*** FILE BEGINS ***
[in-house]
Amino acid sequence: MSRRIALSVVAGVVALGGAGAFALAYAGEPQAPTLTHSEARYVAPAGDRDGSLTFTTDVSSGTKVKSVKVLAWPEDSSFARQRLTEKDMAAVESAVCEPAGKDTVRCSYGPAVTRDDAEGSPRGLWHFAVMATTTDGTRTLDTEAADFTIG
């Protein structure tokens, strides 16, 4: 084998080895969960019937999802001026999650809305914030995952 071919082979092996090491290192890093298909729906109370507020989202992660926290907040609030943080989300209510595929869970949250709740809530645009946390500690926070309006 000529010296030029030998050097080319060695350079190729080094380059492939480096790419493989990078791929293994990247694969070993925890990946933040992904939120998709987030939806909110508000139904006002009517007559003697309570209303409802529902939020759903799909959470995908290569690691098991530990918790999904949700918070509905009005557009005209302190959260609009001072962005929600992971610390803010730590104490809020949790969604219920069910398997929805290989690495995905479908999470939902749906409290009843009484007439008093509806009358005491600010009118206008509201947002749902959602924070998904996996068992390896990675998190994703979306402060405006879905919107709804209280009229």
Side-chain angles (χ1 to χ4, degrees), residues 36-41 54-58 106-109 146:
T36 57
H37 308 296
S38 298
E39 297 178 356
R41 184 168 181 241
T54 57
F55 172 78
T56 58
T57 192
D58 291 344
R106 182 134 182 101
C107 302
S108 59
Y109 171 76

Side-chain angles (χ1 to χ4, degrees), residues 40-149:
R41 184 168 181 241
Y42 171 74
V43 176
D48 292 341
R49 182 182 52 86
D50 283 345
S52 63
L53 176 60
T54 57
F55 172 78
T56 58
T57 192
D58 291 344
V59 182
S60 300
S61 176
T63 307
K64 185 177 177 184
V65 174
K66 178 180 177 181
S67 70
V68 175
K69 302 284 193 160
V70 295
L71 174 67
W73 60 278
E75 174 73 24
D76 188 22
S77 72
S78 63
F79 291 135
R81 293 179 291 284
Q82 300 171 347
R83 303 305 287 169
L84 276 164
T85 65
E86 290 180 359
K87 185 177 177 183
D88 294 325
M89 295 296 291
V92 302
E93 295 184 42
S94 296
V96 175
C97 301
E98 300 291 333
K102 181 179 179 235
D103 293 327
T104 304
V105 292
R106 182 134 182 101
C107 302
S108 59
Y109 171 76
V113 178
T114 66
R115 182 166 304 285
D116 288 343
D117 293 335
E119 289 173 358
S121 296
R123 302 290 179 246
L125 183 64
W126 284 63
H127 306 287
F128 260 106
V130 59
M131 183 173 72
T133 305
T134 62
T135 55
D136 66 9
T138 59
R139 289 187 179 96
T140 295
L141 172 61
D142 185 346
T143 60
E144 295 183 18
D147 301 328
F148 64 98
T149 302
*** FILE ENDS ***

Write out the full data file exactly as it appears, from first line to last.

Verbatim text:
[in-house]
Amino acid sequence: MSRRIALSVVAGVVALGGAGAFALAYAGEPQAPTLTHSEARYVAPAGDRDGSLTFTTDVSSGTKVKSVKVLAWPEDSSFARQRLTEKDMAAVESAVCEPAGKDTVRCSYGPAVTRDDAEGSPRGLWHFAVMATTTDGTRTLDTEAADFTIG
């Protein structure tokens, strides 16, 4: 084998080895969960019937999802001026999650809305914030995952 071919082979092996090491290192890093298909729906109370507020989202992660926290907040609030943080989300209510595929869970949250709740809530645009946390500690926070309006 000529010296030029030998050097080319060695350079190729080094380059492939480096790419493989990078791929293994990247694969070993925890990946933040992904939120998709987030939806909110508000139904006002009517007559003697309570209303409802529902939020759903799909959470995908290569690691098991530990918790999904949700918070509905009005557009005209302190959260609009001072962005929600992971610390803010730590104490809020949790969604219920069910398997929805290989690495995905479908999470939902749906409290009843009484007439008093509806009358005491600010009118206008509201947002749902959602924070998904996996068992390896990675998190994703979306402060405006879905919107709804209280009229």
Side-chain angles (χ1 to χ4, degrees), residues 36-41 54-58 106-109 146:
T36 57
H37 308 296
S38 298
E39 297 178 356
R41 184 168 181 241
T54 57
F55 172 78
T56 58
T57 192
D58 291 344
R106 182 134 182 101
C107 302
S108 59
Y109 171 76

Side-chain angles (χ1 to χ4, degrees), residues 40-149:
R41 184 168 181 241
Y42 171 74
V43 176
D48 292 341
R49 182 182 52 86
D50 283 345
S52 63
L53 176 60
T54 57
F55 172 78
T56 58
T57 192
D58 291 344
V59 182
S60 300
S61 176
T63 307
K64 185 177 177 184
V65 174
K66 178 180 177 181
S67 70
V68 175
K69 302 284 193 160
V70 295
L71 174 67
W73 60 278
E75 174 73 24
D76 188 22
S77 72
S78 63
F79 291 135
R81 293 179 291 284
Q82 300 171 347
R83 303 305 287 169
L84 276 164
T85 65
E86 290 180 359
K87 185 177 177 183
D88 294 325
M89 295 296 291
V92 302
E93 295 184 42
S94 296
V96 175
C97 301
E98 300 291 333
K102 181 179 179 235
D103 293 327
T104 304
V105 292
R106 182 134 182 101
C107 302
S108 59
Y109 171 76
V113 178
T114 66
R115 182 166 304 285
D116 288 343
D117 293 335
E119 289 173 358
S121 296
R123 302 290 179 246
L125 183 64
W126 284 63
H127 306 287
F128 260 106
V130 59
M131 183 173 72
T133 305
T134 62
T135 55
D136 66 9
T138 59
R139 289 187 179 96
T140 295
L141 172 61
D142 185 346
T143 60
E144 295 183 18
D147 301 328
F148 64 98
T149 302